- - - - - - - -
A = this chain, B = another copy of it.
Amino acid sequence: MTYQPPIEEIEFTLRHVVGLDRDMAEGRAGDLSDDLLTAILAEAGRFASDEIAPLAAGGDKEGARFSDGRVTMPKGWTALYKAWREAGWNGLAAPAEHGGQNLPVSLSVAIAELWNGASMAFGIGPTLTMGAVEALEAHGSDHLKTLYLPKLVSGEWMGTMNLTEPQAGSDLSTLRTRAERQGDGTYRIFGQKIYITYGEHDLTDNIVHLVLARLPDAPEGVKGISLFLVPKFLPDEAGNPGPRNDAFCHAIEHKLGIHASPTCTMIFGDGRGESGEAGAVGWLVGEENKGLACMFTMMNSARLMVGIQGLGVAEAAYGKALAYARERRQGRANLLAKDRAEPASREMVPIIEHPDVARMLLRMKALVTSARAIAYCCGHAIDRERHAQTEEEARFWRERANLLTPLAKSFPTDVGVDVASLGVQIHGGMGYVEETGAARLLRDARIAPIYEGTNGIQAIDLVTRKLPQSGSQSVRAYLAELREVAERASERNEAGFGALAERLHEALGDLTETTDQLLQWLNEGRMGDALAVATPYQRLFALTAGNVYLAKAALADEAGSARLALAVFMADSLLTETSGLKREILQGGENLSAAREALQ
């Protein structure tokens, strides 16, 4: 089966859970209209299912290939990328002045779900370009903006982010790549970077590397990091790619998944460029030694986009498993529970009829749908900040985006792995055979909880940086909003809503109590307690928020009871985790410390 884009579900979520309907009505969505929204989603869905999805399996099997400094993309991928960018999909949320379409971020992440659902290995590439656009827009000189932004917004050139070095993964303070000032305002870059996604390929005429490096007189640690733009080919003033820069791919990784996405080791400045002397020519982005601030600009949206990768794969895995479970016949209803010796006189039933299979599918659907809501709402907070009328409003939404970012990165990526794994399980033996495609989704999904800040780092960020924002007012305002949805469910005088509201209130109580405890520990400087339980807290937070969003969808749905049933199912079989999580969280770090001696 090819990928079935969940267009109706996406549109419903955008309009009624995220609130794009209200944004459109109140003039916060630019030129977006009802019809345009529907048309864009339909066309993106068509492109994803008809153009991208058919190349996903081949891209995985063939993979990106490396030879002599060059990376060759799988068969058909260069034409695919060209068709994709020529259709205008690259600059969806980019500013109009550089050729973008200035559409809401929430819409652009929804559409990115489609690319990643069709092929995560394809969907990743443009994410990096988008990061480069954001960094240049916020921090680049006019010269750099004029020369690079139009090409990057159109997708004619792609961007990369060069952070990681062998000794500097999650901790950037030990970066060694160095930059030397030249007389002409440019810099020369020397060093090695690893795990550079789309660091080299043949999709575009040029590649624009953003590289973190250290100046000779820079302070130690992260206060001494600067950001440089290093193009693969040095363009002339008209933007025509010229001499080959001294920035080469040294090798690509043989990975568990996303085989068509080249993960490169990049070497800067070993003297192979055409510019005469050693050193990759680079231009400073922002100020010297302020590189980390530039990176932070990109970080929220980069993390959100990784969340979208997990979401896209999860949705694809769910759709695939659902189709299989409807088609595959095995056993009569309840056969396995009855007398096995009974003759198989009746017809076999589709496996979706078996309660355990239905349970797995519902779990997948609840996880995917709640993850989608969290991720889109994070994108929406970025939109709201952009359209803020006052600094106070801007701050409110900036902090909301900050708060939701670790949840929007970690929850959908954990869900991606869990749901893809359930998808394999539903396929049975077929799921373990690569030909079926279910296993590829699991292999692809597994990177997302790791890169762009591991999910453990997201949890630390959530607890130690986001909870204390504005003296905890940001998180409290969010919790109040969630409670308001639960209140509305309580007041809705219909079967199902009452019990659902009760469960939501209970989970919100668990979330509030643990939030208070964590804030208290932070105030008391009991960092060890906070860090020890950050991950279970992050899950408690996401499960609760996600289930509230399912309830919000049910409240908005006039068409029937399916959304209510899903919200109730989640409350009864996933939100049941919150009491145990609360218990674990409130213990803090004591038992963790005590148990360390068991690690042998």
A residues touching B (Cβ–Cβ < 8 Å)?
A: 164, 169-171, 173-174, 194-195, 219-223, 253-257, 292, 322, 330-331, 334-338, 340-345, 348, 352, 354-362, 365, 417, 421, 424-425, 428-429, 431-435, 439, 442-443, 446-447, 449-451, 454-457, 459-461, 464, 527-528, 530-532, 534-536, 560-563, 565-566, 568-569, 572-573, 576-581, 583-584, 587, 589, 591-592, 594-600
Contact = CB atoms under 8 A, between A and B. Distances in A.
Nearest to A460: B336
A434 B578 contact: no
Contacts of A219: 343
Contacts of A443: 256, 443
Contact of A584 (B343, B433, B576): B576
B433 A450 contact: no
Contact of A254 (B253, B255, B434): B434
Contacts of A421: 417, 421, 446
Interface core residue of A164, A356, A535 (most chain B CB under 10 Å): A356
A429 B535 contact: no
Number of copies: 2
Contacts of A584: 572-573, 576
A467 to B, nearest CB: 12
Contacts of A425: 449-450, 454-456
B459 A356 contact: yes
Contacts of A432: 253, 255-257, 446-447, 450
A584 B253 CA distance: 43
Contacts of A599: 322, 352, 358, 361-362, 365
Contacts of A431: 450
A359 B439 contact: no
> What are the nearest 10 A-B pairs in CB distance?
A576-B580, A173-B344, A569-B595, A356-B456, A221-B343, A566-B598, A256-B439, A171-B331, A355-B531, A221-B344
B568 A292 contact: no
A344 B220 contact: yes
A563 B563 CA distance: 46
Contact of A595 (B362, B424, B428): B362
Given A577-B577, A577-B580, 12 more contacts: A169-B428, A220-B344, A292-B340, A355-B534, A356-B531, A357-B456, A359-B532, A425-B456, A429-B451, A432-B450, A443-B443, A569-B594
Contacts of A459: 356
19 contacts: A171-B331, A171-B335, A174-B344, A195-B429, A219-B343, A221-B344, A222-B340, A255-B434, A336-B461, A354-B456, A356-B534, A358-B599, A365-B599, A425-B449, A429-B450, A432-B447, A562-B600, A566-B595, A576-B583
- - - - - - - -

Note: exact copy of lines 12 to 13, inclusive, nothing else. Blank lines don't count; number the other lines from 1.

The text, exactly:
B433 A450 contact: no
Contact of A254 (B253, B255, B434): B434